Like other posters, I was faced with IVY vs. state school, chose Buffalo, worked very hard, matched into a great ortho program (even pays a stipend), and was happy as a clam when comparing my debt to my colleagues at this point in my life. Now, you can't take our opinions and make them your own, but take it from someone who has been on interview committees for my dental school and Ortho program and I can tell you that you will most likely enjoy the people you are around and the atmosphere in a state dental school more than IVY's and also ortho programs for the most part are looking for individuals who are charismatic and can fit into the mold of the program, not where their diploma was stamped....
My 2 cents.
Cost isn't everything. The price difference between the 2 schools isn't great. With the choice of the 2, you can afford to go to Harvard.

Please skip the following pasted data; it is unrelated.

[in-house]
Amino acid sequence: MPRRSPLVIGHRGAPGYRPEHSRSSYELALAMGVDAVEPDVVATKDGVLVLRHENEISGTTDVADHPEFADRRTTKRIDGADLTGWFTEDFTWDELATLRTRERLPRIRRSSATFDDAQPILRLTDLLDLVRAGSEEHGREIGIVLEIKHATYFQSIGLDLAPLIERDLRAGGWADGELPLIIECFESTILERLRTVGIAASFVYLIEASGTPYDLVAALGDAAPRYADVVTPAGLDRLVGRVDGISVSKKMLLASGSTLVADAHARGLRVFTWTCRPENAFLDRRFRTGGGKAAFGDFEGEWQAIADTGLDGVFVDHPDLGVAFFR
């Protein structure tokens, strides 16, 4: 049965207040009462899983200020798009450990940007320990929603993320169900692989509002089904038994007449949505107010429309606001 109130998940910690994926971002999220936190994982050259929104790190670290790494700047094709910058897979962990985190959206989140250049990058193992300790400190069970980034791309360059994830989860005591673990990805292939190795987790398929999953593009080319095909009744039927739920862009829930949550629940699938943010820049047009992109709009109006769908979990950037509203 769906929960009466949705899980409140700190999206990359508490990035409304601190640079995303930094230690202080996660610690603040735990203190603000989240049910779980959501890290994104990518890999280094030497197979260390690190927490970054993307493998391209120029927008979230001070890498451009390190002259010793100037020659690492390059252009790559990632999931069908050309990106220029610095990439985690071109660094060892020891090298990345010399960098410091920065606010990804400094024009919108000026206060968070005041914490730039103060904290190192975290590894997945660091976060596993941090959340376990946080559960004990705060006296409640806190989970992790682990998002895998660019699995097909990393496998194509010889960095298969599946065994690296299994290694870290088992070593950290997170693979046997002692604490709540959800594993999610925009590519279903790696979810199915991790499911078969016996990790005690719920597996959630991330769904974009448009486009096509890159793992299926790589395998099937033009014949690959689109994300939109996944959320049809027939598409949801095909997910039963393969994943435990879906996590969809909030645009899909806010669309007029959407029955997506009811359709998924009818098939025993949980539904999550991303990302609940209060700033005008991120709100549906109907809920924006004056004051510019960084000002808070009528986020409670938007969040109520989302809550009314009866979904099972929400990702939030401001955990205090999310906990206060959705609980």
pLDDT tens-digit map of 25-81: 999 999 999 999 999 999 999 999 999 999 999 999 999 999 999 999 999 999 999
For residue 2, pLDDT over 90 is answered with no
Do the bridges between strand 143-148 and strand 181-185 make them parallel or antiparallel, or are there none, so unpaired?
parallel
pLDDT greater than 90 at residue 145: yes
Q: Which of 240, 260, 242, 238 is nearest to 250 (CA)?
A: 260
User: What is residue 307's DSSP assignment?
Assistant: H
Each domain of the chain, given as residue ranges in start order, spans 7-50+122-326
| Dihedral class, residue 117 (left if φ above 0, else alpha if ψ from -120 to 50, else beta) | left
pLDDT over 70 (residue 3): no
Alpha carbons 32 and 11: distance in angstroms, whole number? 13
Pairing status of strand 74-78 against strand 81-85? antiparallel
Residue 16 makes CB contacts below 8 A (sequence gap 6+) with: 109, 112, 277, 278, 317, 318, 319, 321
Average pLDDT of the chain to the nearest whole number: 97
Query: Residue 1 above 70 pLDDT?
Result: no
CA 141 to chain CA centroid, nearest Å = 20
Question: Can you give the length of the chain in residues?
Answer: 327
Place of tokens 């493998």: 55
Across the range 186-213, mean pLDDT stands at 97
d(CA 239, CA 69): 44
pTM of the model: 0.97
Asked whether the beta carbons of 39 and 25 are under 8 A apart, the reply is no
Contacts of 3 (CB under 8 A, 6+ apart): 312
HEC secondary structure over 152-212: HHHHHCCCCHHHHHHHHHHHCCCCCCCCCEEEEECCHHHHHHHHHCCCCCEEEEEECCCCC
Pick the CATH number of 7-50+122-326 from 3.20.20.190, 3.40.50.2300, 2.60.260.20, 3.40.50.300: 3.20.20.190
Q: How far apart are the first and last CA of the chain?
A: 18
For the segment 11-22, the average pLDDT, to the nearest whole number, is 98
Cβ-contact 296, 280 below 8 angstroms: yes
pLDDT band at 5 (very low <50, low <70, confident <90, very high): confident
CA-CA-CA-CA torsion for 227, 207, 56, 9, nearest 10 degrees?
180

The difference of $70k is huge. Thats an extra year of tuition + living expenses. I borrowed about the same amount for my entire 4 years at UCLA (when the tuition was only $8k/year). With an average salary of $120k/year, it probably would take you about 4-5 years to save $70k.
go to harvard. how can you turn down harvard for a mere $70,000? The chances of you of specializing and networking after graduating from harvard will open doors to many opportunities that will help you earn MUCH more money in the future...
it's harvard...HARVARD! the best/well known educational institution on earth. with money, you can always make more money as a dentist in the future to make up for that $70,000...but the school you attended will stick with your name forever.
Thank you for the advice, everyone. I feel like the more opinions I get the better, because then I can really evaluate both sides of the argument. Some people say $70,000 is a lot and some don't. Obviously it seems like a lot to me now... but when I'm working as a dentist will it significantly affect my lifestyle? I used a loan calculator to figure out that the monthly payments would only be about $350 more per month. Significant?